SACO – This time of year, people of all walks of life look at the calendar and often decide to make a change to some of their habits. Sometimes, they decide to eat a little less, sometimes, they decide to exercise a bit more. Whatever change they make, it is almost always done with an eye toward improvement.
This year, I’d like to use this space to write about the books I’m reading, books that I may be using in my classroom, or books that I just find interesting. I hope there’s something of interest here for you as well.
The first book I’d like to write about is the nonfiction, bestselling story titled, “Just Mercy,” by Bryan Stevenson. I first learned about the book from a fellow teacher when we were talking one day about nonfiction books that we’ve used in our classroom as a mechanism to talk about justice.
After rattling through a list of well-known books, she said that she’d like to read this book and had heard nothing but good things about the author, the content, and the writing style. Within a few days, I had a copy and within a week, I’d read it cover to cover.
The book was so compelling that when I was doing a bit of research about the author, I discovered that Stevenson had narrated an audio version of the book and it was available on Audible. Two-clicks and I too had a copy of that.
If possible, I like to hear an author speak about their work. For me, there is nothing better than listening to the writer explain what drove them to finish this work in the first place, the idea that captivated them in such a way that they had to write see it to completion. I also like to play a game and see if the voice in my head matches the real voice of the author. In this case, I was close.
This book is filled with statistics and stories about the criminal justice system and specifically the way in which the death penalty or life imprisonment is often handed out to poor, young, minority men.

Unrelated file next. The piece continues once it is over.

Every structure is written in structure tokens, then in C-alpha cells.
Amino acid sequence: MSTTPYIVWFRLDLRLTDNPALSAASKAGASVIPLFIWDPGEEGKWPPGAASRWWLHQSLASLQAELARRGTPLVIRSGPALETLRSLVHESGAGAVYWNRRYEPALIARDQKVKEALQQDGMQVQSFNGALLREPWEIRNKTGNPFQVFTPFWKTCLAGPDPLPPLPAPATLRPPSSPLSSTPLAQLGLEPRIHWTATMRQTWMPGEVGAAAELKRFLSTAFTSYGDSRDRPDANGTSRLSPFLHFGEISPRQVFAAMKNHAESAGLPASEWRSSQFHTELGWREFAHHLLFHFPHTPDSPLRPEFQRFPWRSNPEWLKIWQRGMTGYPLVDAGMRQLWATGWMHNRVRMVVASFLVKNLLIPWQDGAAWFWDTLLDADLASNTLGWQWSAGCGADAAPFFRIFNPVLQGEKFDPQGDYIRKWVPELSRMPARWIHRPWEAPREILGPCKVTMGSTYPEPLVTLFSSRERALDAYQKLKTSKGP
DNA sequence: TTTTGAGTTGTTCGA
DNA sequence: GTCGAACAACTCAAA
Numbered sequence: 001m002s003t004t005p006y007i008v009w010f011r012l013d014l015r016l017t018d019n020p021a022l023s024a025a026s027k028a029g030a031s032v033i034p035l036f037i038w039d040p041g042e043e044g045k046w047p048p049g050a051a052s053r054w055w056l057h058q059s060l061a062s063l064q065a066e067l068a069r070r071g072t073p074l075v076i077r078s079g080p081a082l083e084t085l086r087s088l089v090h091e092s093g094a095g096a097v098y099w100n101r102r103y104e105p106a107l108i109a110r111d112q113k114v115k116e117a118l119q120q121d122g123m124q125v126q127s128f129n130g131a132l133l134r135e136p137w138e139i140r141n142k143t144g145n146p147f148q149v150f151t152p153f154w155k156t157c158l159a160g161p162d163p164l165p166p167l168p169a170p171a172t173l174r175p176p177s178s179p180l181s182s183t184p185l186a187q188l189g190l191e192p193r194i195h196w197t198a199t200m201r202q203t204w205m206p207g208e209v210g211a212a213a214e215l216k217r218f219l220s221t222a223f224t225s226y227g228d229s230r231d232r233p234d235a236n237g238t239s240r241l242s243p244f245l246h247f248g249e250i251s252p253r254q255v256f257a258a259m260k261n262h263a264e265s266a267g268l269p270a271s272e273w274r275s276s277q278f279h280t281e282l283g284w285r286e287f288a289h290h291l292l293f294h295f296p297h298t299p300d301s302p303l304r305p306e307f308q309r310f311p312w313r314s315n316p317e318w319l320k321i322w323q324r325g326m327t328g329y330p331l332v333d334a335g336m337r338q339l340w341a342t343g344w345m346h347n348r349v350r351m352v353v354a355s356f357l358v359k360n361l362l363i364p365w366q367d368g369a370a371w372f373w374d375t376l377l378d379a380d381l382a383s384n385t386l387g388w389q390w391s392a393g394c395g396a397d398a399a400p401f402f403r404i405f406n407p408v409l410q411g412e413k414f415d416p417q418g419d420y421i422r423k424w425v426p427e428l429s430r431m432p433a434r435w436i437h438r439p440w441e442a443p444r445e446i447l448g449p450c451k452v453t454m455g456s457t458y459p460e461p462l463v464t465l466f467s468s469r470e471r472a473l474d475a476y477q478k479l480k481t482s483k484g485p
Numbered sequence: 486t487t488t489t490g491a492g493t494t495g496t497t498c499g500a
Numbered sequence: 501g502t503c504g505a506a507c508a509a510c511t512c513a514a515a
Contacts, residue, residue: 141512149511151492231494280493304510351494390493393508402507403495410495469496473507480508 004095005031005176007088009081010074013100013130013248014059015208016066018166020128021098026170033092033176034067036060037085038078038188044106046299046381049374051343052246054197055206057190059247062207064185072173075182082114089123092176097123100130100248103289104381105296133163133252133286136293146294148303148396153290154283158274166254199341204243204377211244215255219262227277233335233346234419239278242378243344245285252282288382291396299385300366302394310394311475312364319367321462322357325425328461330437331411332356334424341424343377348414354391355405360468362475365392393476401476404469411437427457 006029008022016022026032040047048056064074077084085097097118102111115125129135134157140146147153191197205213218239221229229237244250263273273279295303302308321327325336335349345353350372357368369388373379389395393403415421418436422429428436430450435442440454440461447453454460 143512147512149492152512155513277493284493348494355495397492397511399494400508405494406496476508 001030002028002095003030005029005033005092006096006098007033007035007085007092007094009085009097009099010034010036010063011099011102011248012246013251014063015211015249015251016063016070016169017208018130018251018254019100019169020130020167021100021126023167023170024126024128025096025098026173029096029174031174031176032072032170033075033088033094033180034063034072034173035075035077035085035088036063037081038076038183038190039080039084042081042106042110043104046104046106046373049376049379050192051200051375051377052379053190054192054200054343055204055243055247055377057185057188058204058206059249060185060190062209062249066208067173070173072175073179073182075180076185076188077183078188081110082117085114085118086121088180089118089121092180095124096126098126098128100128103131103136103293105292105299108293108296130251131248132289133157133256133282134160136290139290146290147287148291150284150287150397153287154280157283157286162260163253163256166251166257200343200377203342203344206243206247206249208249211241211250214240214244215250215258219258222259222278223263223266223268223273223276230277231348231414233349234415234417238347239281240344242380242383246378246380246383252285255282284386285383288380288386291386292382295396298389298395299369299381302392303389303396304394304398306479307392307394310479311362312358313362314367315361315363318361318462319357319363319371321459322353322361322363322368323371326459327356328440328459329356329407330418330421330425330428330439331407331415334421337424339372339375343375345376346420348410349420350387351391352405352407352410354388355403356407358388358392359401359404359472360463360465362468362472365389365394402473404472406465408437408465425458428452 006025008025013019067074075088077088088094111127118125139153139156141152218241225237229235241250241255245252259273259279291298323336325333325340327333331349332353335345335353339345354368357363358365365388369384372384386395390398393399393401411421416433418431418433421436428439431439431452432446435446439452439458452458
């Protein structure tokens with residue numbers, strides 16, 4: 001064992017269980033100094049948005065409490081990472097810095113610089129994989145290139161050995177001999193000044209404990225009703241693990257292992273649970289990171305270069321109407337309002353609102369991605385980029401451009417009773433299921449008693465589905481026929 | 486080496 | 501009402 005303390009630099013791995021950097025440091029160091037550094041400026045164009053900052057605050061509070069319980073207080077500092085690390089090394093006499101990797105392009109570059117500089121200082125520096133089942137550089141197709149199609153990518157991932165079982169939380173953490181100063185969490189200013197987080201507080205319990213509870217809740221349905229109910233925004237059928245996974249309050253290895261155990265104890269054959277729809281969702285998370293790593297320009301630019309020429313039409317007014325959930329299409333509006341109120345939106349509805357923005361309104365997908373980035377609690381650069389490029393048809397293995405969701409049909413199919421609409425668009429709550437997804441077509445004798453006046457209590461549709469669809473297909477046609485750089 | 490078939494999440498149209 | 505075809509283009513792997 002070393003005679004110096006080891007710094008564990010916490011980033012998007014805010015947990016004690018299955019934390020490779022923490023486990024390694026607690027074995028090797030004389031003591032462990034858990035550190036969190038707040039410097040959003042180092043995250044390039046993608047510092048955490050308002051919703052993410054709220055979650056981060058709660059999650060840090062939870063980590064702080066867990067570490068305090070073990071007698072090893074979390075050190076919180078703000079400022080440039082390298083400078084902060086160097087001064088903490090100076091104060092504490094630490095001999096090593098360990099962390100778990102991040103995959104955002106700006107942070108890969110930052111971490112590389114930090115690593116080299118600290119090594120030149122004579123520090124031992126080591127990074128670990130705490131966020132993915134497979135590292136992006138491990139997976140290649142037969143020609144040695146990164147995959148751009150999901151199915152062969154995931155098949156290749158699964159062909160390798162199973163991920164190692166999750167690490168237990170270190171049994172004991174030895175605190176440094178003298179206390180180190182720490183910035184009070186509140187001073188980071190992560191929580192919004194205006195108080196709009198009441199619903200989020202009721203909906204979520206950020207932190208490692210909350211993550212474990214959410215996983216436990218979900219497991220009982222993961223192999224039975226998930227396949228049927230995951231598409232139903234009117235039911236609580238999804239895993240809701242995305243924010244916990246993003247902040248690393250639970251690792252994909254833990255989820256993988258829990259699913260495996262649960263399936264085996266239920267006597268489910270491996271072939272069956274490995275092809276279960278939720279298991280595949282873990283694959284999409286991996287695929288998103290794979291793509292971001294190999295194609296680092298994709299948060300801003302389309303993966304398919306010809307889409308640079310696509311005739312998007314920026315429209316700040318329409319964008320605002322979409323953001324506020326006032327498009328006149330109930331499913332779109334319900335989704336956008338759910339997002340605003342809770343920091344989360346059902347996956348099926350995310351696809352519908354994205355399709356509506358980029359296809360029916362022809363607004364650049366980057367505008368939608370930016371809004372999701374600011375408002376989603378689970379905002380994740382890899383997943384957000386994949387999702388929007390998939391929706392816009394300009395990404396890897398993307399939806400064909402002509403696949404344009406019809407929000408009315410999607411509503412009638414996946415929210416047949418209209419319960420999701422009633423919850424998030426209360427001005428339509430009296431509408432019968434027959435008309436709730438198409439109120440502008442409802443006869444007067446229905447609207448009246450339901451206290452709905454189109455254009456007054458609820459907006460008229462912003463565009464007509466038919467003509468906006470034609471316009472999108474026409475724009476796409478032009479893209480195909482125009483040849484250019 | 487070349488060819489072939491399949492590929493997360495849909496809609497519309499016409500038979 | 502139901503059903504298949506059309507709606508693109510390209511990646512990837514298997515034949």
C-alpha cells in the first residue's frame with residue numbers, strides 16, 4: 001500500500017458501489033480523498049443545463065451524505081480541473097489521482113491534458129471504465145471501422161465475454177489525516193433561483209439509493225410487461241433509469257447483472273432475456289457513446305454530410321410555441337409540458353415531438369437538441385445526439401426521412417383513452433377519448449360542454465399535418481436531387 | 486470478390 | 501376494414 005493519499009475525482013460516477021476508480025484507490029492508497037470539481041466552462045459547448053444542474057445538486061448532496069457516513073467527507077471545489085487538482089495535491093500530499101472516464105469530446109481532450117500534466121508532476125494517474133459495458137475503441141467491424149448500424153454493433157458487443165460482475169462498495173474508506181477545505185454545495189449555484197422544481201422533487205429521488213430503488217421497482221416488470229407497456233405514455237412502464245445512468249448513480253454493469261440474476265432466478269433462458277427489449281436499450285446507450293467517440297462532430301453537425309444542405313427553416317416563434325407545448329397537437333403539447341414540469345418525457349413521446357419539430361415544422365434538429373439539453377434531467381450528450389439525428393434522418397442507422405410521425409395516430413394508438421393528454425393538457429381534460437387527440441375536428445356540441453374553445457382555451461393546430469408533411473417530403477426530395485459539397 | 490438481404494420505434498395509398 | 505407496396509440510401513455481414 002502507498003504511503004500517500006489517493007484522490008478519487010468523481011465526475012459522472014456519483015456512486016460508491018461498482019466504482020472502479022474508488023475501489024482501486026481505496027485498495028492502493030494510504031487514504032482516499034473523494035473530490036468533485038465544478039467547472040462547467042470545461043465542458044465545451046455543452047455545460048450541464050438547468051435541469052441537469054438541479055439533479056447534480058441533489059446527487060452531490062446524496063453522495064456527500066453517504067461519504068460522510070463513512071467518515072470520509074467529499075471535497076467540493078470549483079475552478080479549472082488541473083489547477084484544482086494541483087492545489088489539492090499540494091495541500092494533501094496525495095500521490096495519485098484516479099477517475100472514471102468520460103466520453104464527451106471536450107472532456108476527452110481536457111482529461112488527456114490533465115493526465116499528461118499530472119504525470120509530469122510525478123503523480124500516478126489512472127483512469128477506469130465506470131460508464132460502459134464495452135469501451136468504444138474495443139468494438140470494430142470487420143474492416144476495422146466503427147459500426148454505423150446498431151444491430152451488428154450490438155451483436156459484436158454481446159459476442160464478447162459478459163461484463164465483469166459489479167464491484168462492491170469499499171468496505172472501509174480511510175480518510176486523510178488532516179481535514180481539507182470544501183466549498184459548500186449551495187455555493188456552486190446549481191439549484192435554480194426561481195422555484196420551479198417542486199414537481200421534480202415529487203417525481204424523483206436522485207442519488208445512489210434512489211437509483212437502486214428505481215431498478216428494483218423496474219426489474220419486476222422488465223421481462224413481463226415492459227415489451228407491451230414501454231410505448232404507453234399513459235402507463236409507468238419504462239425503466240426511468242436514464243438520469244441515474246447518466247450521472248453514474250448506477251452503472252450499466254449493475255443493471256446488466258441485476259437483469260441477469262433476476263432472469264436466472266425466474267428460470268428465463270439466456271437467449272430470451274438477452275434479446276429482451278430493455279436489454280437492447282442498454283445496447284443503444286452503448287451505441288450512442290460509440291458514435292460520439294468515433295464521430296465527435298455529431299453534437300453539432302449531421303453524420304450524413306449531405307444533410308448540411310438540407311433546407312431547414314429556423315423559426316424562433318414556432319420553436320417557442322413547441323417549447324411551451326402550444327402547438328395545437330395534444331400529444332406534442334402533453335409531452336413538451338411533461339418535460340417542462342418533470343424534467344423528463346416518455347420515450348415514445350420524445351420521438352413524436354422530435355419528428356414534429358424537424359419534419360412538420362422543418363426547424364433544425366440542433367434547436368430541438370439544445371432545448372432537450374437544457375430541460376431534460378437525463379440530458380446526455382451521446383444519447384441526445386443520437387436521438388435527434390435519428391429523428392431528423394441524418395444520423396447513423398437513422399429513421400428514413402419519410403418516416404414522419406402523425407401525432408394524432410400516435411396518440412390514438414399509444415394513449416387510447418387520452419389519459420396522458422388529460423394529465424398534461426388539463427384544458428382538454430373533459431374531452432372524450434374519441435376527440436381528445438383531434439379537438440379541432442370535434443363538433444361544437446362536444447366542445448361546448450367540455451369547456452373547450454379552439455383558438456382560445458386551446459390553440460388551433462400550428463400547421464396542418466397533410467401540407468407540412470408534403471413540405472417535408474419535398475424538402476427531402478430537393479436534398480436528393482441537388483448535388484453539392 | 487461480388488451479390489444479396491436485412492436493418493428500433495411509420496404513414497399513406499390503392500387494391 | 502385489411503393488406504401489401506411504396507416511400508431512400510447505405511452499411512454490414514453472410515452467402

When appropriate, Stevenson makes a riveting argument about the innocence of some of these men, but when appropriate, he makes it clear that some of them actually did commit the crime for which they are now incarcerated. If they are guilty of the crime for which they have been charged, he says so.
His argument is then centered on the idea that the punishment that was handed out, might not fit the crime. He also does a remarkable job of writing about the victims of the crimes. He interviews their families and tries to show or explain how the crime affected everyone connected to the event.
Overall, the book is well-written, and the narrative sections of the prose move with increasing intensity. The real test for me is my students. Without a great deal of prodding, they read the book and were anxious to talk about the specific cases and characters. That all I could ask for.
So, if you are looking for an interesting nonfiction piece about the justice system in the United States, this is a good choice. I don’t think you’ll be disappointed.
See you on the roads and stay tuned – as always, if I think it’s interesting, I’ll write about it.
Thanks again for reading my stories and as always, you may purchase my novel, Homecoming: A Soldier’s Story of Loyalty, Courage, and Redemption at your local, independent bookstore or online: DavidArenstam.com, BrysonTaylorPublishing.com, or Amazon.com
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